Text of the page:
If he were actually up and about and speaking to someone, it would be to his servant. There can be no question of the servant seeing him go by, though. That implies the servant would be somewhere on the route. It’s the sort of request you’d make to someone you think might be looking out for you in the hope of catching a glimpse. The line cannot plausibly be being spoken, then, because in the circumstances it doesn’t make sense. The only person hearing it would be at his starting point and already seeing him. What the line does, perhaps, is gives us an indication of the boss’ self-centredness, imagining he could be the focus of attention. But the main thing is, it helps confirm that the events aren’t real.

The next incongruity is the line:

‘Insomnia raging in his brain’ (v 6)

If the boss were on horseback, this wouldn’t make sense. It implies he’s trying desperately to get to sleep but can’t, whereas if he were actually on horseback the opposite would be likely. As he rode he’d quite possibly be falling asleep – it’s night, and he’s tired – but desperately trying to remain awake. If, on the other hand, he’s in fact on his bed, it’s quite plausible that his bad news, and the pressure to take action, are preventing him from getting to sleep despite his tiredness and his fever and his headache. And so, instead of sleeping, insomnia rages and he becomes delirious.

One final indication that what we have is a dream comes from the final verse:

‘All three lovers together in a heap
Thrown into the grave forever to sleep
Funeral torches blazed away
Through the towns and the villages, all night and all day’ (v 28)

The bodies, it seems, have just been dumped in a communal grave. This would be unlikely and especially unlikely since one belonged to the ‘chief of the clan’. Furthermore, if this were to happen, it would hardly have been accompanied by such a light display. In reality, that is. In dreams anything can happen.
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4. The Boss’ Character – Preliminary

It’s not, then that he’s some mad, quixotic character actually attired in jacket and tie while mounted, and at the same time wearing a helmet and sword. We can dismiss that as dream stuff. But it is true he’s dreaming he’s some sort of knight in armour going off to rescue a damsel from the clutches of a monster. In his dream it’s all serious – serious wish-fulfilment. He wants to be the sort of story-book hero which he quite clearly isn’t. In fact the dream becomes a vehicle for presenting his contrasting fantasy-view of himself with a deeper self knowledge. The former is in evidence when he continues to behave in his dream like a character from medieval fiction:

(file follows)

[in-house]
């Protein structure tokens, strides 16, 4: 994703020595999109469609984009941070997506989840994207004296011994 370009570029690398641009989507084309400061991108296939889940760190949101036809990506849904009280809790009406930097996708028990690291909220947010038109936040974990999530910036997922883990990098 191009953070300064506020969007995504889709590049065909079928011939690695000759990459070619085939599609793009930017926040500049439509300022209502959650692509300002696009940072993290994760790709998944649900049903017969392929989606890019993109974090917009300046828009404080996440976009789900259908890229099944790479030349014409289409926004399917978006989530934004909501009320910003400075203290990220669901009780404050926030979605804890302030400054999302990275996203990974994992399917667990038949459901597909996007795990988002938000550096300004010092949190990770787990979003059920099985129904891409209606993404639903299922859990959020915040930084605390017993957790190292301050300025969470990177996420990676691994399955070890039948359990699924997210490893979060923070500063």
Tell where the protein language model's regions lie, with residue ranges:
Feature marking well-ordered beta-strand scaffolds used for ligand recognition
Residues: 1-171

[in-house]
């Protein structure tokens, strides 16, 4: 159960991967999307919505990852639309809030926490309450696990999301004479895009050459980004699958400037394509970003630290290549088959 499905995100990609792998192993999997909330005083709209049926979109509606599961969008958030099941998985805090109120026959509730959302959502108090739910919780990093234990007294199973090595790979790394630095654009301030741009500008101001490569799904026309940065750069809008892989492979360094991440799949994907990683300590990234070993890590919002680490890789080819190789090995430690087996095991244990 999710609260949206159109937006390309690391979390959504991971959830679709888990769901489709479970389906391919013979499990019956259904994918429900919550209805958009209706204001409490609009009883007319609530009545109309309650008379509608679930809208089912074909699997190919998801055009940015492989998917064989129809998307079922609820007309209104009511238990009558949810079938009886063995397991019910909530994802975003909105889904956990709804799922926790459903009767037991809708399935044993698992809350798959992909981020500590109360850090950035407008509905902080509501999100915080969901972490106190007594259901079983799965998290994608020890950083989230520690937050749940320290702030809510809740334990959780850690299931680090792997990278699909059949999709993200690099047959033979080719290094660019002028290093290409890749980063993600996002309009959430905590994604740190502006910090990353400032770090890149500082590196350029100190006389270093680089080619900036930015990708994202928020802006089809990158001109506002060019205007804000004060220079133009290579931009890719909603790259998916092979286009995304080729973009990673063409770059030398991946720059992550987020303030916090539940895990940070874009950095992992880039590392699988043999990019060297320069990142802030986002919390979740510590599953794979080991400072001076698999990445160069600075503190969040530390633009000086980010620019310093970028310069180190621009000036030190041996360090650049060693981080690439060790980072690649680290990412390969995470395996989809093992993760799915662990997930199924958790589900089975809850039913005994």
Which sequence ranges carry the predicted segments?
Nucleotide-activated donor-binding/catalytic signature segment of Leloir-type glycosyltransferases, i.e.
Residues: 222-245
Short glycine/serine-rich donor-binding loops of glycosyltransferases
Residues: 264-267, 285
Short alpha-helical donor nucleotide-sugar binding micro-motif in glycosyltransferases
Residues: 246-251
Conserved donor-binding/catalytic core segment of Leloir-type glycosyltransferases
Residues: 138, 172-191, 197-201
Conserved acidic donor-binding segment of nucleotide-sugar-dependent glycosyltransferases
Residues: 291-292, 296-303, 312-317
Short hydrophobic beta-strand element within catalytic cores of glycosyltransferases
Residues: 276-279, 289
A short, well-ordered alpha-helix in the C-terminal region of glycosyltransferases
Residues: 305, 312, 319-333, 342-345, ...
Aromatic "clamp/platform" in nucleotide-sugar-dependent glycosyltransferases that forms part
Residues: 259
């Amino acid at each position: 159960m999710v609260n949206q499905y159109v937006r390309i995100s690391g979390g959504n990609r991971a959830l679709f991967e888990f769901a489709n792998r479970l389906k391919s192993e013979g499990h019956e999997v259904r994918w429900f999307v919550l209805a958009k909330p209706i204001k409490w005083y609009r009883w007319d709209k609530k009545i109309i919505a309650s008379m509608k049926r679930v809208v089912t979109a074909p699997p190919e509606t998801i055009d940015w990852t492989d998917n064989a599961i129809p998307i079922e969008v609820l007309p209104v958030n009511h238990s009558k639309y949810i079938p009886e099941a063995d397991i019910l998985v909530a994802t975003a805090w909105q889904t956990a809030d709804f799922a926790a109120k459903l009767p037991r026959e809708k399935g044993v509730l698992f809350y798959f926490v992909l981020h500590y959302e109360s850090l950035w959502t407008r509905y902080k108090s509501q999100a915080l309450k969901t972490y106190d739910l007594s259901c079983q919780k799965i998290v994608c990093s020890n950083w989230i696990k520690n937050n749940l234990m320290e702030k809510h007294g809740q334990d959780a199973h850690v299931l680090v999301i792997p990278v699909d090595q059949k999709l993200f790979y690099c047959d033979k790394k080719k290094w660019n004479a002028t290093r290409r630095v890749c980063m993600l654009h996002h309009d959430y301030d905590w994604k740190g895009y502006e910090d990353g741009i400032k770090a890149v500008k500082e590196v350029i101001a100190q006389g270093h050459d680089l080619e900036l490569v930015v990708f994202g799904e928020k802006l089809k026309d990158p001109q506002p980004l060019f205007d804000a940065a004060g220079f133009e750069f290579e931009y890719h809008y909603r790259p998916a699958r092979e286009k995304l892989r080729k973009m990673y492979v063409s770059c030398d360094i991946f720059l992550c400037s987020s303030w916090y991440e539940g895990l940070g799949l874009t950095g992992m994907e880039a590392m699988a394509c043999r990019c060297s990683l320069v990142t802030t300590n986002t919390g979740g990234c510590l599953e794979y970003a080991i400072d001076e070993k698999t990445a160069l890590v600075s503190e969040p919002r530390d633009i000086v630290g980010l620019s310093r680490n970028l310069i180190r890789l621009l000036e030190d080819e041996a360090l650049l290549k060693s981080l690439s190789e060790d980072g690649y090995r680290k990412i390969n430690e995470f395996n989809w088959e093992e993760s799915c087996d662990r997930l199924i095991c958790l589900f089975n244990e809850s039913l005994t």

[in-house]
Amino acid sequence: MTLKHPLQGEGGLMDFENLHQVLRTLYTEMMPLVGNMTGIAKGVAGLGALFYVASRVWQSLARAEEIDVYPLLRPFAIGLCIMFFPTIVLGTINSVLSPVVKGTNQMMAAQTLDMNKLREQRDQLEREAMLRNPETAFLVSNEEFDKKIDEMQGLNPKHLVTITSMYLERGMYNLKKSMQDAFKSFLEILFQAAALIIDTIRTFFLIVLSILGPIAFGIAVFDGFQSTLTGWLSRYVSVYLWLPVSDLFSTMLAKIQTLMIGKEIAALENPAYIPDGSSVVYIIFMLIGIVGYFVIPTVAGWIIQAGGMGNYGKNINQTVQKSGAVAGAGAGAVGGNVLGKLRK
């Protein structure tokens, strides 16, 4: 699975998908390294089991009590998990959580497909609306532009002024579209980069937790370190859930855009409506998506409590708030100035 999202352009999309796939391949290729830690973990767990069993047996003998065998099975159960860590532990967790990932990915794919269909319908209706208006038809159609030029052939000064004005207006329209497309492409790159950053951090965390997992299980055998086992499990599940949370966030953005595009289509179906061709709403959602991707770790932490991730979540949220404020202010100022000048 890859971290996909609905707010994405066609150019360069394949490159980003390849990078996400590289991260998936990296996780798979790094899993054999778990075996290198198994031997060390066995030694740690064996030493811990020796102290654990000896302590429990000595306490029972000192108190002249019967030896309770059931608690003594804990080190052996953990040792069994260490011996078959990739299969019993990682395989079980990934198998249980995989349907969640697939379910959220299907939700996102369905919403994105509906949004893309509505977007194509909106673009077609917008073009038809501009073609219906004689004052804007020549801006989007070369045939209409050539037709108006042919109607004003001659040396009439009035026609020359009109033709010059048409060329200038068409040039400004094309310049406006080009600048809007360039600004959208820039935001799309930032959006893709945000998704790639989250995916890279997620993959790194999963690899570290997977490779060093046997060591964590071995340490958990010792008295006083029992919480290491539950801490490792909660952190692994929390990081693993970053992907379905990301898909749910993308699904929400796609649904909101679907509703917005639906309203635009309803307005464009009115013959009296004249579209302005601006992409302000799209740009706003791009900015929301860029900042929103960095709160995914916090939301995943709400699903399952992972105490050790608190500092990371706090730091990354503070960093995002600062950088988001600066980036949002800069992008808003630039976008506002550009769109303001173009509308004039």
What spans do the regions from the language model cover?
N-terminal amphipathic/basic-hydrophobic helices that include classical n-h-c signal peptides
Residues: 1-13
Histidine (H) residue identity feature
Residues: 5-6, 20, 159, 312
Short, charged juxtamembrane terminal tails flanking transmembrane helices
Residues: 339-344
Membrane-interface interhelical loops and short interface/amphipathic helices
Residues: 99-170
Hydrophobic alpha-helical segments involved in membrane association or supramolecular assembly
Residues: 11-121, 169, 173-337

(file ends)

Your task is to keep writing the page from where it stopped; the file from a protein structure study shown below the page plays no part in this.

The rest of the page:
‘He lowered himself down on a golden chain’ (v 9)

This is the stuff of fairy tales. So is his later seeing his wife as a ‘bloody queen’. It’s not just in his dream he romanticises her like this either. His dream world, it would seem, is just an extension of a delusional everyday escapism. Right at the opening of the song he finds ‘a desolate throne’ – doubtless a reference to a make-believe, fairytale world which he inhabits.

That he sees himself as some sort of hero is confirmed just after he imagines his arrival. ‘(H)is knuckles were bloody’ suggests that, in his mind, he’s already violently dealt with his enemy. However, this imagined valour is immediately followed by an unfortunate piece of bathos:

‘He ran his fingers through his greasy hair’ (v 9)

Obviously, as we all know, real heroes don’t have greasy hair. Here, in his dream, he can’t help letting the anti-heroic truth come through. Deep down he knows the character he creates for himself is nothing more than a fiction.

This truth, that the boss is anything but the sort of character he’s imagining himself to be, is further indicated in what are the first words spoken about him:

‘”Don’t worry about him, he wouldn’t harm a fly”‘ (v 10)

Again the truth is coming through. The valiant, bare-knuckle fighter has been replaced by a feeble wimp. In his dream the boss is hearing from the lips of his wife what he knows to be true. Indeed this propensity not to stand up for himself might have been in part what encouraged her to leave him ; she knew he wouldn’t respond with violence. Nothing that follows gives the lie to this statement of hers because any later bravado on his part is just part of his dream.

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5. The Wife

In addition to the fact that she’s prepared to exploit her husband’s weakness, we learn a number of other things about the boss’ wife from his dream. First she patronises him, treating him like a child – ‘Silly boy’. Then when the sight of her beauty all but makes him violent, she goads him – ‘feed your eyes’.

We also learn from the dream how she appears in his eyes. Unsurprisingly, perhaps, it suggests he has conflicting thoughts. The first is positive, that she’s really loyal. The second is that she deserves to die. Both might be dismissed as wishful thinking.

That he wants to think she’s loyal is reinforced by her line:

‘”All husbands are good men, as all wives know”‘ (v 25)

Although this might appear on the surface an absurd thing to say, it makes some sense as a representation of the boss’ desire to believe his wife repentant and appreciative after all. But the wording also betrays his fear that nothing about him could be the object such appreciation. There’s nothing about him which is not to be found in ‘all men’.

The view of his wife which conflicts with this – that she deserves to die – is represented by her suicide. Of course, this is the sort of romantic ending to a life one could imagine the boss thinking up, and as such it fits well into his fantasy world. Nevertheless it can be seen as the wife getting her just deserts for leaving him.

Speech involving the wife enables a range of views to come across about both her character and the boss’. This is particularly so when it’s unclear who is speaking or who is being addressed. There are two occasions of such ambiguity involving the wife. In the first it’s unclear who is being addressed:

‘”You’re a reckless fool, I could see it in your eyes
To come this way was by no means wise”‘ (v 12)